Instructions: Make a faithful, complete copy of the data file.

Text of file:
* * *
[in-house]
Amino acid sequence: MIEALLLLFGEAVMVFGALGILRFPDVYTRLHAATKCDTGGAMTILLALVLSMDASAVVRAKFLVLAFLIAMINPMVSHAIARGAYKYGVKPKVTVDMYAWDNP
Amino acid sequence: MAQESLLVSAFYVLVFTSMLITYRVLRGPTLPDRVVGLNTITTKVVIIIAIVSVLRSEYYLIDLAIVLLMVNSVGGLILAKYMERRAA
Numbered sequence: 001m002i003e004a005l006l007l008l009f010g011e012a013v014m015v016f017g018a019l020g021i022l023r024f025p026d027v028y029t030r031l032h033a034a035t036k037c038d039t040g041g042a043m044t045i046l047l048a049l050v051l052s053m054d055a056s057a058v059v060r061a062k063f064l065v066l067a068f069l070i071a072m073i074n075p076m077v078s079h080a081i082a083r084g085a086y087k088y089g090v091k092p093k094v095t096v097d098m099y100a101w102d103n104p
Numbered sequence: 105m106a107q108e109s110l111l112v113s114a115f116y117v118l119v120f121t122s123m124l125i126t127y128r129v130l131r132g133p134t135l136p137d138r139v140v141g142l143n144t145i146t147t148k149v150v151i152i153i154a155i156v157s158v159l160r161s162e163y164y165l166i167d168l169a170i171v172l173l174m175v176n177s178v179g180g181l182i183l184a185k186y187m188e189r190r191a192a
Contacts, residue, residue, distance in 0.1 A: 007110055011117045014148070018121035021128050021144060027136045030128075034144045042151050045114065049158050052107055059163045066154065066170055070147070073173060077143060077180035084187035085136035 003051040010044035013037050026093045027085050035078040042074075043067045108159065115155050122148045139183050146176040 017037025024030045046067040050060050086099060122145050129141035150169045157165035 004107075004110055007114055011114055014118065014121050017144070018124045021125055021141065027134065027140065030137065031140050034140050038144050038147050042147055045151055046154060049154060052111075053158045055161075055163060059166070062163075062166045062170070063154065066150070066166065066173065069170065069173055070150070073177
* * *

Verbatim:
[in-house]
Amino acid sequence: MIEALLLLFGEAVMVFGALGILRFPDVYTRLHAATKCDTGGAMTILLALVLSMDASAVVRAKFLVLAFLIAMINPMVSHAIARGAYKYGVKPKVTVDMYAWDNP
Amino acid sequence: MAQESLLVSAFYVLVFTSMLITYRVLRGPTLPDRVVGLNTITTKVVIIIAIVSVLRSEYYLIDLAIVLLMVNSVGGLILAKYMERRAA
Numbered sequence: 001m002i003e004a005l006l007l008l009f010g011e012a013v014m015v016f017g018a019l020g021i022l023r024f025p026d027v028y029t030r031l032h033a034a035t036k037c038d039t040g041g042a043m044t045i046l047l048a049l050v051l052s053m054d055a056s057a058v059v060r061a062k063f064l065v066l067a068f069l070i071a072m073i074n075p076m077v078s079h080a081i082a083r084g085a086y087k088y089g090v091k092p093k094v095t096v097d098m099y100a101w102d103n104p
Numbered sequence: 105m106a107q108e109s110l111l112v113s114a115f116y117v118l119v120f121t122s123m124l125i126t127y128r129v130l131r132g133p134t135l136p137d138r139v140v141g142l143n144t145i146t147t148k149v150v151i152i153i154a155i156v157s158v159l160r161s162e163y164y165l166i167d168l169a170i171v172l173l174m175v176n177s178v179g180g181l182i183l184a185k186y187m188e189r190r191a192a
Contacts, residue, residue, distance in 0.1 A: 007110055011117045014148070018121035021128050021144060027136045030128075034144045042151050045114065049158050052107055059163045066154065066170055070147070073173060077143060077180035084187035085136035 003051040010044035013037050026093045027085050035078040042074075043067045108159065115155050122148045139183050146176040 017037025024030045046067040050060050086099060122145050129141035150169045157165035 004107075004110055007114055011114055014118065014121050017144070018124045021125055021141065027134065027140065030137065031140050034140050038144050038147050042147055045151055046154060049154060052111075053158045055161075055163060059166070062163075062166045062170070063154065066150070066166065066173065069170065069173055070150070073177